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|Occupation||Writer, music critic|
Scott Yanow (born October 4, 1954) is an American jazz reviewer, historian, and author.
Scott Yanow was born in New York City and grew up near Los Angeles.
Since 1975, he was a regular reviewer of many jazz styles and was the jazz editor for Record Review. He wrote for many jazz and arts magazines, including JazzTimes , Jazziz, Down Beat , Cadence , CODA and the Los Angeles Jazz Scene. In September 2002, Yanow was interviewed on-camera by CNN about the Monterey Jazz Festivaland wrote an in-depth biography on Dizzy Gillespie for AllMusic.com. He authored 11 books on jazz, over 800 liner notes for CDs and over 20,000 reviews of jazz recordings.
Yanow was a contributor to and co-editor of the third edition of the All Music Guide to Jazz . He continues to write for Downbeat, Jazziz, the Los Angeles Jazz Scene, the Jazz Rag and Jazz Inside.
Yanow has produced a series of CDs for the Allegro record label. He also hosted a regular radio show (Jazz After Hours) for KCSN-FM, and worked as the jazz listings editor for the Los Angeles Times .
Contributions to magazines
Contributions to record labels
John Birks "Dizzy" Gillespie was an American jazz trumpeter, bandleader, composer, and singer.
Jazz on a Summer's Day is a concert film set at the 1958 Newport Jazz Festival in Rhode Island, directed by commercial and fashion photographer Bert Stern and Aram Avakian, who also edited the film. The Columbia Records jazz producer, George Avakian, was the musical director of the film.
Frederick Dewayne Hubbard was an American jazz trumpeter. He was known primarily for playing in the bebop, hard bop, and post-bop styles from the early 1960s onwards. His unmistakable and influential tone contributed to new perspectives for modern jazz and bebop.
Jazz royalty is a term encompassing the many jazz musicians who have been termed as exceptionally musically gifted and informally granted honorific, "aristocratic" or "royal" titles as nicknames. The practice of affixing honorific titles to the names of jazz musicians goes back to New Orleans at the start of the 20th century, before the genre was commonly known as "jazz".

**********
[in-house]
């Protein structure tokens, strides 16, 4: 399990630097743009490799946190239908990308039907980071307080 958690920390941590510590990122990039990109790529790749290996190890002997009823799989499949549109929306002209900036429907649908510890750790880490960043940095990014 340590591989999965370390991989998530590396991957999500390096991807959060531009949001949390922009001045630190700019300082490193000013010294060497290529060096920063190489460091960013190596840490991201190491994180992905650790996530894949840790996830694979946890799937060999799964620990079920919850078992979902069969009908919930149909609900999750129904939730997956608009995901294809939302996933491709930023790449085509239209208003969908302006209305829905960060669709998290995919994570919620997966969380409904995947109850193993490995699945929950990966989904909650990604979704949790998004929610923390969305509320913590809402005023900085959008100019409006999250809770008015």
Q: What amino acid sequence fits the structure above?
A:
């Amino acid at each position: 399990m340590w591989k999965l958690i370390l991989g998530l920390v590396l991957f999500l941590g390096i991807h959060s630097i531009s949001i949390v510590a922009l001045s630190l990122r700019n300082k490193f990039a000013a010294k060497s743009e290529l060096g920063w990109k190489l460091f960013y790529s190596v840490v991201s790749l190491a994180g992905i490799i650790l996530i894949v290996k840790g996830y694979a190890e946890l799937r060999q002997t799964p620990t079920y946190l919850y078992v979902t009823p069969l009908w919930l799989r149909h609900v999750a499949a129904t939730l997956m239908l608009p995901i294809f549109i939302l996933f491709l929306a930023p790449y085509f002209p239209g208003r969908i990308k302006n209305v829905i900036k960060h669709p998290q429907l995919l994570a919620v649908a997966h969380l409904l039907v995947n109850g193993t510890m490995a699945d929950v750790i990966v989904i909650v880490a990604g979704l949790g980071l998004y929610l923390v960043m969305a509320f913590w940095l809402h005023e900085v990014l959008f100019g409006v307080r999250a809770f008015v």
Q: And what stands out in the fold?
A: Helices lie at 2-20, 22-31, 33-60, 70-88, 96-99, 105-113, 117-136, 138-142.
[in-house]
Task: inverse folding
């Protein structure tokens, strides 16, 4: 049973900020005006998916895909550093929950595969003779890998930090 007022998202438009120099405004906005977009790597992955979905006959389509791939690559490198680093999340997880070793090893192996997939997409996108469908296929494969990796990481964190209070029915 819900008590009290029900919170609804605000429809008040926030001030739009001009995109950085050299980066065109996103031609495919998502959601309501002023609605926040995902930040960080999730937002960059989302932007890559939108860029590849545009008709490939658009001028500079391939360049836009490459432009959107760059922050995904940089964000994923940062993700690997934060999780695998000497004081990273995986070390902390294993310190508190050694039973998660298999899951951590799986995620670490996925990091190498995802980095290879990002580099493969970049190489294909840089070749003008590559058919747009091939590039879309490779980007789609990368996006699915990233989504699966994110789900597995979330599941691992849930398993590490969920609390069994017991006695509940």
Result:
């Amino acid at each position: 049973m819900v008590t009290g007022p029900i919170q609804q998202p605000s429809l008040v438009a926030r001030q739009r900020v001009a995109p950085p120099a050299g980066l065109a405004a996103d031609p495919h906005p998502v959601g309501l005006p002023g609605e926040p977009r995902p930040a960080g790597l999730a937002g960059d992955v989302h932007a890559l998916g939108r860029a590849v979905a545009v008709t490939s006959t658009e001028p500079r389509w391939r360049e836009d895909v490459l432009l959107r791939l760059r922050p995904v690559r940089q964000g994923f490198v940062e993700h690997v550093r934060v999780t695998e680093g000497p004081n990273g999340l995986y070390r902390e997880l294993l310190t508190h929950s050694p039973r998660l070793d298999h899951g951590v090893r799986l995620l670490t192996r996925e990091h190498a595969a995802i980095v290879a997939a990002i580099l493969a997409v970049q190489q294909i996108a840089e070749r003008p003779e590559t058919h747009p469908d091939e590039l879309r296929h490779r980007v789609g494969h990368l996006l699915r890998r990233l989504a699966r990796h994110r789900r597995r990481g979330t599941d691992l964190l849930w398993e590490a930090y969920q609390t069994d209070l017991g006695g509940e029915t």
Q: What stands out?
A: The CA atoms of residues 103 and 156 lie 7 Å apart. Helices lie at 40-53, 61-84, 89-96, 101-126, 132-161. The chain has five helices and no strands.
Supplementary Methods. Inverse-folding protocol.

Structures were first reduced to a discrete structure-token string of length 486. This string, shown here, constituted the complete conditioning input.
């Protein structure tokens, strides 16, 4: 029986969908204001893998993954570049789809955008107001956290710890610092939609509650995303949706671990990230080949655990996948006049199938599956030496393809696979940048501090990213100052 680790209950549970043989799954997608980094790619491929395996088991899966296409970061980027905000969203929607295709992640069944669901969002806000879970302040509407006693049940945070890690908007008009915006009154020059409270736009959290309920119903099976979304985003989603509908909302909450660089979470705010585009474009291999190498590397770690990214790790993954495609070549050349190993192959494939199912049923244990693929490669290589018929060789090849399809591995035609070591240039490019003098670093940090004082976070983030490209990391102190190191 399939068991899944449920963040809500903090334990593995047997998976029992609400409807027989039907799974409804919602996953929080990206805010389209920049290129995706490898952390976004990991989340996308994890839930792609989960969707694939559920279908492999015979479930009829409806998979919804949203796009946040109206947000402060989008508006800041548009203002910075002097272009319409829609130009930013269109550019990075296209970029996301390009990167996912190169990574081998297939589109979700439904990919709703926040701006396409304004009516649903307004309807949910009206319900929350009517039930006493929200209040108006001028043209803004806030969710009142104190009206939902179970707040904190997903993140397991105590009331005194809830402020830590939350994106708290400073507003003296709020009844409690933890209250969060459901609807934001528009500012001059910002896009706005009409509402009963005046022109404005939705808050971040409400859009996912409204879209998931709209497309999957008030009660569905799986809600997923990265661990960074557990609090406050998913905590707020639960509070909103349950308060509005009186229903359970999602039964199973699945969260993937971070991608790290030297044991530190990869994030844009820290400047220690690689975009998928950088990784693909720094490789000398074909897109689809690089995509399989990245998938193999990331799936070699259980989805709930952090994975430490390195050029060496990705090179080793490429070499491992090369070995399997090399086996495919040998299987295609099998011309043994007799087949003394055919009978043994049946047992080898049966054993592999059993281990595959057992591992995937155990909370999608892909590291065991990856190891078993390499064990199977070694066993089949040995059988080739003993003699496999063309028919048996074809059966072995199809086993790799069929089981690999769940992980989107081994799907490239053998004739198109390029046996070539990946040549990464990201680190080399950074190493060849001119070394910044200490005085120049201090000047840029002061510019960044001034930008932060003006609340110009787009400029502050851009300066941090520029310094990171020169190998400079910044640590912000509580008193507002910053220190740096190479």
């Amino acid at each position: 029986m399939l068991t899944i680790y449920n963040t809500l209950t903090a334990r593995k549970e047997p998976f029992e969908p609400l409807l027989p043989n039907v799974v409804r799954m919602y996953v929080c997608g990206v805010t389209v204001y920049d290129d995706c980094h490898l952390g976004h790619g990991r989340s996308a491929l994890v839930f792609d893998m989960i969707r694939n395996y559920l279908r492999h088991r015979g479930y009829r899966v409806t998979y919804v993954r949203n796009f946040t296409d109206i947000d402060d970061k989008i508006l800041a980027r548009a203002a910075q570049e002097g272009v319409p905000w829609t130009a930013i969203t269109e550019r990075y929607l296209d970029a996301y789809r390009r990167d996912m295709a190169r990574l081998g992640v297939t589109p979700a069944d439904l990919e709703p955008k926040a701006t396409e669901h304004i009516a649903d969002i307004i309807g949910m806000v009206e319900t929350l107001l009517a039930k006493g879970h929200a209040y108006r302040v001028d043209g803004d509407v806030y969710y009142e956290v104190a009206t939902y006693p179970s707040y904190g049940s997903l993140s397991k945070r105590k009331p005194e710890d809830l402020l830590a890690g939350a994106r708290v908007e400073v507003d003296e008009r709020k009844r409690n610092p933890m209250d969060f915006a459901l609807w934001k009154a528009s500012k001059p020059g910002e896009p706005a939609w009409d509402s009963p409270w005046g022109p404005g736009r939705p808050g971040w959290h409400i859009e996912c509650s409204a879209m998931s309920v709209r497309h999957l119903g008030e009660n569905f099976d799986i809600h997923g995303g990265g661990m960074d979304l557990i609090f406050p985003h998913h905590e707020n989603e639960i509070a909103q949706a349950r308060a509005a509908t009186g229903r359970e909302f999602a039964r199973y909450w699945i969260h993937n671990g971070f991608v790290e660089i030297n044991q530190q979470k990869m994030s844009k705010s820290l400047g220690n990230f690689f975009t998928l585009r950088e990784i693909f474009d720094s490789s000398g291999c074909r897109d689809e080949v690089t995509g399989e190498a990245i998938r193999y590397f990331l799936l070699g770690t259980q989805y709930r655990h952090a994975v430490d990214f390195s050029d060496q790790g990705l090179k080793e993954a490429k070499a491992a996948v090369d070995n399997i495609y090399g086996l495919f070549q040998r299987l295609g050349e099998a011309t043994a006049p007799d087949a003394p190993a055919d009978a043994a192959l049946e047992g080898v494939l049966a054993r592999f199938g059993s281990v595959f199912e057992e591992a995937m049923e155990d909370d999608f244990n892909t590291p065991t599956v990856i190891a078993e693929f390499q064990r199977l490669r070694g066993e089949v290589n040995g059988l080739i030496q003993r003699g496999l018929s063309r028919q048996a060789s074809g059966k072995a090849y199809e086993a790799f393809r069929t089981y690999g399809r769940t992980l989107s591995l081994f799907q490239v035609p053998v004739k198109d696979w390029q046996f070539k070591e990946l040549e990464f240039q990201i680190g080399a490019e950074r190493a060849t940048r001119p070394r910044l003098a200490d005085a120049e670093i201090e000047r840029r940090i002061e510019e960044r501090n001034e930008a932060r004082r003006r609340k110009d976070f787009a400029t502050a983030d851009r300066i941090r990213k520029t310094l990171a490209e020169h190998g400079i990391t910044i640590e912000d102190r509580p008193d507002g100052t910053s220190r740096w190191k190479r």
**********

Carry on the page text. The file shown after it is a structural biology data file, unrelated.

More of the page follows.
Royal Crown Revue (RCR) was a band formed in 1989 in Los Angeles, California. They are often credited with starting the swing revival movement.
George Edward Coleman is an American jazz saxophonist known for his work with Miles Davis and Herbie Hancock in the 1960s. In 2015, he was named an NEA Jazz Master.
West Coast jazz refers to styles of jazz that developed in Los Angeles and San Francisco during the 1950s. West Coast jazz is often seen as a subgenre of cool jazz, which consisted of a calmer style than bebop or hard bop. The music relied relatively more on composition and arrangement than on the individually improvised playing of other jazz styles. Although this style dominated, it wasn't the only form of jazz heard on the American West Coast.
Roy Sinclair Campbell Jr. was an American trumpeter frequently linked to free jazz, although he also performed rhythm and blues and funk during his career.
Valaida Snow was an African-American jazz musician and entertainer.
Terence Oliver Blanchard is an American jazz trumpeter, composer, and music educator. Blanchard started his career in 1980 as a member of the Lionel Hampton Orchestra, then Art Blakey and the Jazz Messengers. He has composed more than forty film scores and performed on more than fifty. He received his first nomination for the Academy Award for Best Original Score on Spike Lee's 2018 film BlacKkKlansman.